Erie Railroad Company v. Tompkins

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ERIE RAILROAD COMPANY V. TOMPKINS, 304 U.S. 64 (1938). The Judiciary Act of 1789 provides that in diversity-of-citizenship cases (those cases concerned with citizens of different states, and not with federal statutes or the Constitution) federal courts must apply "the laws of the several states, except where the Constitution, treaties, or statutes of the United States shall otherwise require." In 1842, in Swift v. Tyson, the Supreme Court held that the word "laws" meant only state statutory law; and therefore federal courts were free to ignore state common law and to fashion and apply their own, at least with regard to commercial matters. Nearly a century later, in Erie v. Tompkins, on dubious historical evidence, and perhaps without understanding that Swift's scope was limited to the kind of commerce that was interstate in nature, the Court overruled Swift as both a misinterpretation of the Judiciary Act and an unconstitutional assumption of power by federal courts.

Erie now generally requires that federal courts exercising jurisdiction in diversity-of-citizenship cases apply both applicable state statutory law and common law. Justice Louis Brandeis, in his majority opinion for the Court in Erie, ruled as he did because of a fear of over-reaching federal courts, but recent scholarship has suggested that, in overruling Swift, the Court may have deprived the nation of some benefits of the development of federal commercial jurisprudence.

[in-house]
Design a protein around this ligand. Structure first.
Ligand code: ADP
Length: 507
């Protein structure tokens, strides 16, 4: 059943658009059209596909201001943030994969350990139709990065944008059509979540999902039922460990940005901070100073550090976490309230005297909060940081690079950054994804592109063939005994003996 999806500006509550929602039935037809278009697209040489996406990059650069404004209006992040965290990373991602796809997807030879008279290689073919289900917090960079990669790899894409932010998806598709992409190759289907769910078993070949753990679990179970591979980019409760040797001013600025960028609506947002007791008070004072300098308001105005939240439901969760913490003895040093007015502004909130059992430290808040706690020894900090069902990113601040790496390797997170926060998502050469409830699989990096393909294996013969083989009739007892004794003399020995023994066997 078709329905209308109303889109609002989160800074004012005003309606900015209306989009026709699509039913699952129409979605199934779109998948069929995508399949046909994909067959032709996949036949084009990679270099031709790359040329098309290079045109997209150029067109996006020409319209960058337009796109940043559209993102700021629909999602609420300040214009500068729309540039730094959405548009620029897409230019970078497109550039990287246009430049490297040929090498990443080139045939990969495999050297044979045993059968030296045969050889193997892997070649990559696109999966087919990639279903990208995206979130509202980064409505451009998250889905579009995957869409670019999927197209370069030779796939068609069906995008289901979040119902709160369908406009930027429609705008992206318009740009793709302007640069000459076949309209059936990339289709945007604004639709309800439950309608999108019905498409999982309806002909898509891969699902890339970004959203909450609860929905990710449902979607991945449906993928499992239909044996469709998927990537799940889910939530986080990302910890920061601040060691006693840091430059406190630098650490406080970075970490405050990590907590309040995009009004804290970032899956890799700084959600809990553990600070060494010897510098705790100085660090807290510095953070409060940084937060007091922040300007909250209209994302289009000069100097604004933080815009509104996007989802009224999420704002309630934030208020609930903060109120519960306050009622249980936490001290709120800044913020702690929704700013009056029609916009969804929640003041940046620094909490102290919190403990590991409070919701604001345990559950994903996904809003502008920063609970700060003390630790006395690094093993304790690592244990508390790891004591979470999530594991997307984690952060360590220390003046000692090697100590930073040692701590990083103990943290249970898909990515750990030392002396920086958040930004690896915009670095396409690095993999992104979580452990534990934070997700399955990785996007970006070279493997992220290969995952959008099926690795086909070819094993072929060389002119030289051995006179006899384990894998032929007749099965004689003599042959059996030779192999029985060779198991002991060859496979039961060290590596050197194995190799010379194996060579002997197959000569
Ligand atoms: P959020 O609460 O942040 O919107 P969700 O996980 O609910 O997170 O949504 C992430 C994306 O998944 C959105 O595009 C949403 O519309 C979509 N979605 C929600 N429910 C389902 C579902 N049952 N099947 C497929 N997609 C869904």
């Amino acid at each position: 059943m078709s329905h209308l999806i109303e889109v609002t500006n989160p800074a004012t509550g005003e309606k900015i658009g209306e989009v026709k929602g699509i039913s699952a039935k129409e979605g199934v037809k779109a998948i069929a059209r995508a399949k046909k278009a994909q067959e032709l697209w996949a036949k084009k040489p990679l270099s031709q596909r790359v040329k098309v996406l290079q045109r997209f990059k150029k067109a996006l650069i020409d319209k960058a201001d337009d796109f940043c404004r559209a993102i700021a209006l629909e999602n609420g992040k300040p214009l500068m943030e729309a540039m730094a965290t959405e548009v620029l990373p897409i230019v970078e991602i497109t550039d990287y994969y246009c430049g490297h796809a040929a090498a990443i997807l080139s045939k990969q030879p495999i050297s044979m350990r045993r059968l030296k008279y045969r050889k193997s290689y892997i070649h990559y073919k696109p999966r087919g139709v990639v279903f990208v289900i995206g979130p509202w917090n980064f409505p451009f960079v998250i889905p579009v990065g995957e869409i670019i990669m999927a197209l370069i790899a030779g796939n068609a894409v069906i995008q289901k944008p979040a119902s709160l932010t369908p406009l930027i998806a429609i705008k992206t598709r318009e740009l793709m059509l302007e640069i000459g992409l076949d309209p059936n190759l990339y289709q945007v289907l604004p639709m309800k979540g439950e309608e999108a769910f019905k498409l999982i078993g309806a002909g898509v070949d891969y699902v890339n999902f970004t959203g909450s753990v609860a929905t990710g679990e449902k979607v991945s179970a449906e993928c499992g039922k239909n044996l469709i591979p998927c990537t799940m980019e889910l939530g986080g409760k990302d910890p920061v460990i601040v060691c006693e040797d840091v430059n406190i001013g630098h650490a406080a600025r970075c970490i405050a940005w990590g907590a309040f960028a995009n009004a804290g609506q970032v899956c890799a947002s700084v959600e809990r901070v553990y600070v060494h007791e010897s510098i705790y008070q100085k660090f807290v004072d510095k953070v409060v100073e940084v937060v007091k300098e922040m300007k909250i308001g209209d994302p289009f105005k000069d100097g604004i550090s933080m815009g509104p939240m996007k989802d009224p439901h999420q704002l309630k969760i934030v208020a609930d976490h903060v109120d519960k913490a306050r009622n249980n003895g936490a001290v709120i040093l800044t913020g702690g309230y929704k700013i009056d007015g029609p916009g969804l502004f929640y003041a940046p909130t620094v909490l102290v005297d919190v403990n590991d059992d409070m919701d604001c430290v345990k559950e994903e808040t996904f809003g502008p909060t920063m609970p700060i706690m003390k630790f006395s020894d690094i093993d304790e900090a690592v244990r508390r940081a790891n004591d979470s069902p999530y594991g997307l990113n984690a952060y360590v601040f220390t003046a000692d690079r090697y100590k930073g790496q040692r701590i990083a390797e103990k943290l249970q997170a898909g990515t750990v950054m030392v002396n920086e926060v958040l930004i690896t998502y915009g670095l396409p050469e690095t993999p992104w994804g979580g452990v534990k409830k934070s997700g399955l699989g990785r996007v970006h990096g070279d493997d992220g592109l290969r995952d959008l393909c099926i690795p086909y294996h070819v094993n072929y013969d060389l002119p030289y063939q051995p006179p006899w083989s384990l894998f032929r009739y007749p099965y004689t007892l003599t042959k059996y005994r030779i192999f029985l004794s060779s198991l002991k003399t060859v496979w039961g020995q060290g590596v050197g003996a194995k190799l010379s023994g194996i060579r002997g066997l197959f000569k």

Freyer, Tony A. Harmony and Dissonance: The Swift and Erie Cases in American Federalism. New York: New York University Press, 1981.

Purcell, Edward A., Jr. Brandeis and the Progressive Constitution: Erie, the Judicial Power, and the Politics of the Federal Courts in Twentieth-Century America. New Haven, Conn.: Yale University Press, 2000.

Eric L.Chase

Harold W.Chase

Stephen B.Presser

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Erie Railroad Company v. Tompkins

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